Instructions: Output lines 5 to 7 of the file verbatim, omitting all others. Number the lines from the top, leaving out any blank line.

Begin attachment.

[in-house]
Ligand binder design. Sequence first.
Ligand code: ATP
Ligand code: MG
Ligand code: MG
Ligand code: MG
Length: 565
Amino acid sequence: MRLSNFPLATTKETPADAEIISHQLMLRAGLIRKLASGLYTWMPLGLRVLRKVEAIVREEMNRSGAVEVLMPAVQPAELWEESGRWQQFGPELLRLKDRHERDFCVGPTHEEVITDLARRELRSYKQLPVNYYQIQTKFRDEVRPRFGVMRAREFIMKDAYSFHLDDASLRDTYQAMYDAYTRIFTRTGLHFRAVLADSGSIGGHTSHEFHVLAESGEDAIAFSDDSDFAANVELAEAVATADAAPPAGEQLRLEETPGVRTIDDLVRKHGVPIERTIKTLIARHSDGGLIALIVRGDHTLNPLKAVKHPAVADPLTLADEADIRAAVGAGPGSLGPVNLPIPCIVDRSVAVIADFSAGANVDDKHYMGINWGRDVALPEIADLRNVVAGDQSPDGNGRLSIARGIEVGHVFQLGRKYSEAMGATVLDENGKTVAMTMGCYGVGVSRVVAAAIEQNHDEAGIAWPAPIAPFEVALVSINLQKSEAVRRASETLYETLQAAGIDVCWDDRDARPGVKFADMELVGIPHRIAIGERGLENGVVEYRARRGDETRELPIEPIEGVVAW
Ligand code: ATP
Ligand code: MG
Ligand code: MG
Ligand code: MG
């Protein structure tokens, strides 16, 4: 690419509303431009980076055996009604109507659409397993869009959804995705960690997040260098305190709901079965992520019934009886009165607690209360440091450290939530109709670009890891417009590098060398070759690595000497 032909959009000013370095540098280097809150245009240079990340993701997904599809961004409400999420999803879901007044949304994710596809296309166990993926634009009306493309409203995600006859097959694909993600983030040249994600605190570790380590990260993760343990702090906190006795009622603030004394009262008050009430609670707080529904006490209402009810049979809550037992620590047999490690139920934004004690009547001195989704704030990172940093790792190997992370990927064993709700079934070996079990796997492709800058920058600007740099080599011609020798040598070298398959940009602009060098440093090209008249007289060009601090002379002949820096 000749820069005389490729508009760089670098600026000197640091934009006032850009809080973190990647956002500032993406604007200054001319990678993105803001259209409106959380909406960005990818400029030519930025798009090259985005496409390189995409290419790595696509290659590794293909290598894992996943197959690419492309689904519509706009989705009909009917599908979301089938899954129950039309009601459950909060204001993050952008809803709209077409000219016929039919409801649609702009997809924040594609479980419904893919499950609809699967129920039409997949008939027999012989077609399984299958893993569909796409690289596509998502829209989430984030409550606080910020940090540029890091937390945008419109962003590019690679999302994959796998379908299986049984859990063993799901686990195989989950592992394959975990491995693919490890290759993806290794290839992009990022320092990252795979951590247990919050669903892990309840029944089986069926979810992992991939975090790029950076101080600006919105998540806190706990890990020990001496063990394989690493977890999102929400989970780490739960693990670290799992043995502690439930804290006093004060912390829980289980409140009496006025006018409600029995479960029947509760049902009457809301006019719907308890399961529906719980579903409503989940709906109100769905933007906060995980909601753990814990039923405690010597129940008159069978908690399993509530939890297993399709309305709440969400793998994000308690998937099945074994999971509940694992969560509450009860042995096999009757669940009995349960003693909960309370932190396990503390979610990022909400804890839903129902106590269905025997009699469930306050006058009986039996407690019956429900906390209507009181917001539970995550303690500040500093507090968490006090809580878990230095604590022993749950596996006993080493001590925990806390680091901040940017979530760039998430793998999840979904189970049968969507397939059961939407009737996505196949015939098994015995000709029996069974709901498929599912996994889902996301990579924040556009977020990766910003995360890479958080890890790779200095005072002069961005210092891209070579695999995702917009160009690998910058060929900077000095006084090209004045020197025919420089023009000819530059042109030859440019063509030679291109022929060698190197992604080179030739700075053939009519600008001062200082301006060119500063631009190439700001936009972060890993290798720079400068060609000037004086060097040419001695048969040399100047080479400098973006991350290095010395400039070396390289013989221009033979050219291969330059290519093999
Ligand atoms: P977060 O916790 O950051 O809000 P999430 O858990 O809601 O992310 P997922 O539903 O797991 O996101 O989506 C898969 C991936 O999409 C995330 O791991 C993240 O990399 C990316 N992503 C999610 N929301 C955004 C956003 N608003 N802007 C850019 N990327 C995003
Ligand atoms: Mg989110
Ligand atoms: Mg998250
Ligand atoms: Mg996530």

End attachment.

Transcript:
Ligand code: MG
Ligand code: MG
Length: 565